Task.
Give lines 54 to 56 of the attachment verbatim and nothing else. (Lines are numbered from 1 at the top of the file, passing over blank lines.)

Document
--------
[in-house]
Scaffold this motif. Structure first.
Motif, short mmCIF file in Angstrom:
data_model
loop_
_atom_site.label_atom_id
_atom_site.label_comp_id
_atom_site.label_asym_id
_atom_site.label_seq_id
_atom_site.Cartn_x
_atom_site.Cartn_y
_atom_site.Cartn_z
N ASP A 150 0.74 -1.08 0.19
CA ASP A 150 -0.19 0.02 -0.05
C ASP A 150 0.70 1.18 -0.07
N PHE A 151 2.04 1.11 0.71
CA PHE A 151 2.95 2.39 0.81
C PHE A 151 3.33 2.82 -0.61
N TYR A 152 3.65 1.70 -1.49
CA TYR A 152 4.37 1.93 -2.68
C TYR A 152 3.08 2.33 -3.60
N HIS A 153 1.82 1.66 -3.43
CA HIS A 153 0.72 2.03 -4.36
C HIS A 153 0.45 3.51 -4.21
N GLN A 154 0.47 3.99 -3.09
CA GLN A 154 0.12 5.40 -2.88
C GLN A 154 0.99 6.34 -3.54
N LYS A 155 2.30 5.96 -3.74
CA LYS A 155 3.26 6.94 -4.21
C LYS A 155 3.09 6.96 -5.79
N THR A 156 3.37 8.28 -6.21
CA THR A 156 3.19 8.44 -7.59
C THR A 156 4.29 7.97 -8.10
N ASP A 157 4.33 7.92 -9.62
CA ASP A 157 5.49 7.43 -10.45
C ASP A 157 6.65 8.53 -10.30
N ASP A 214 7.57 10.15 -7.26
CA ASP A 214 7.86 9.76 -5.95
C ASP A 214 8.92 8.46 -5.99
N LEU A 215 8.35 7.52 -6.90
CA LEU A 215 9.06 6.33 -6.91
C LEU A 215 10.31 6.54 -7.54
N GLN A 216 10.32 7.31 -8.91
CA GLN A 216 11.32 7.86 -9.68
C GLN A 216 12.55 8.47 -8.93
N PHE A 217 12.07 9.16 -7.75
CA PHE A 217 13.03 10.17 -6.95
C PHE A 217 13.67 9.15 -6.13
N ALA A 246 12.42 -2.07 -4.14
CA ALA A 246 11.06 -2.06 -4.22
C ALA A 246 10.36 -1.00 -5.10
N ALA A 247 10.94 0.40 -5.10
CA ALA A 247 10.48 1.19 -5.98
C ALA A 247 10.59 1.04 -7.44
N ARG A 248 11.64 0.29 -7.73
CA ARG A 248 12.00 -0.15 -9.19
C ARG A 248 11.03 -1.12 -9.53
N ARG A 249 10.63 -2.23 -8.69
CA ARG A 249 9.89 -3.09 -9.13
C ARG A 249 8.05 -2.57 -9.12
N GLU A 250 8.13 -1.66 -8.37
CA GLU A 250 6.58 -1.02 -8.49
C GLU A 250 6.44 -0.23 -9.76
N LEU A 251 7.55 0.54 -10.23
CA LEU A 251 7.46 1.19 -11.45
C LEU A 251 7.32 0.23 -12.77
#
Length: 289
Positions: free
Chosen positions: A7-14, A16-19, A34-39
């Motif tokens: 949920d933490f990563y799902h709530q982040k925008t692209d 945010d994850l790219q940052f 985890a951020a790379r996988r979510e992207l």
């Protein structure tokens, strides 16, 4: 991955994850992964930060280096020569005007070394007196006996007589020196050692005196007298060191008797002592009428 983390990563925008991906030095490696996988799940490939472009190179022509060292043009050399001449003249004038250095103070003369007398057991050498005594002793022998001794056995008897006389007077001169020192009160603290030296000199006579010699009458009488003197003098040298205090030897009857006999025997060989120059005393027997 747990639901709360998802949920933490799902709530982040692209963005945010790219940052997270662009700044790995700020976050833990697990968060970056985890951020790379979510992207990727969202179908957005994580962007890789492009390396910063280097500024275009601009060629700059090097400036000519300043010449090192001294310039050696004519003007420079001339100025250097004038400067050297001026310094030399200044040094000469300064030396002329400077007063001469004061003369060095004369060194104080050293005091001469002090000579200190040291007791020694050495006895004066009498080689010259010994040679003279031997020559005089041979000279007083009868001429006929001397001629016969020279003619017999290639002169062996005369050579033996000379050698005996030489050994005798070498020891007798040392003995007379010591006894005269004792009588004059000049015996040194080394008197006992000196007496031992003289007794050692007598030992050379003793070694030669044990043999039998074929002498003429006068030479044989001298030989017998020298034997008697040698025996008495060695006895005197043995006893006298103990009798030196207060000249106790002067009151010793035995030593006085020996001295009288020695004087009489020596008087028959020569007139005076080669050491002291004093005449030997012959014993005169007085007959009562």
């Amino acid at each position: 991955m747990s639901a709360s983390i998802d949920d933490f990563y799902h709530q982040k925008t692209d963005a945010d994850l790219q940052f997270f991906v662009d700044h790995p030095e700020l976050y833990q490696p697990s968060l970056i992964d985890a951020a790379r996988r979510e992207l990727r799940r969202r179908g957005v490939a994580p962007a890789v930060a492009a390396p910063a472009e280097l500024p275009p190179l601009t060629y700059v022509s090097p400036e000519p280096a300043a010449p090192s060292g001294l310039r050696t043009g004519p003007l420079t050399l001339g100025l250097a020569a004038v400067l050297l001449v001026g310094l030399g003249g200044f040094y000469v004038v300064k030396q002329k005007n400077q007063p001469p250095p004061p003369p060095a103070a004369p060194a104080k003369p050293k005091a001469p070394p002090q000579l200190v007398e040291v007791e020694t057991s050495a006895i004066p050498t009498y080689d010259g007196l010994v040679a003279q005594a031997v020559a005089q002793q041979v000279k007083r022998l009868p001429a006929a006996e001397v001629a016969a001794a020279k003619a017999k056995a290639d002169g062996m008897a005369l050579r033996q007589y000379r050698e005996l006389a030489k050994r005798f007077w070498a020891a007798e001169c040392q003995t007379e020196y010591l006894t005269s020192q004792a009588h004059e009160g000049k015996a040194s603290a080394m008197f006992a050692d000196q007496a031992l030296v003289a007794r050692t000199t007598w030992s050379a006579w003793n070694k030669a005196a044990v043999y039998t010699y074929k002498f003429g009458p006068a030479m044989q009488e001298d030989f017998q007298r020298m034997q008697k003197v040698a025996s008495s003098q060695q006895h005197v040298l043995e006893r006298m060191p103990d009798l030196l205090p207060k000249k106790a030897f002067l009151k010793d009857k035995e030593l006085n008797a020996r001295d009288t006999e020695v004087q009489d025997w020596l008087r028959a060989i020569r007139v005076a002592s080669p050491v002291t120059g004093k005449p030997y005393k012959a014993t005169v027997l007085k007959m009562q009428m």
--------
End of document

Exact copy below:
C ALA A 247 10.59 1.04 -7.44
N ARG A 248 11.64 0.29 -7.73
CA ARG A 248 12.00 -0.15 -9.19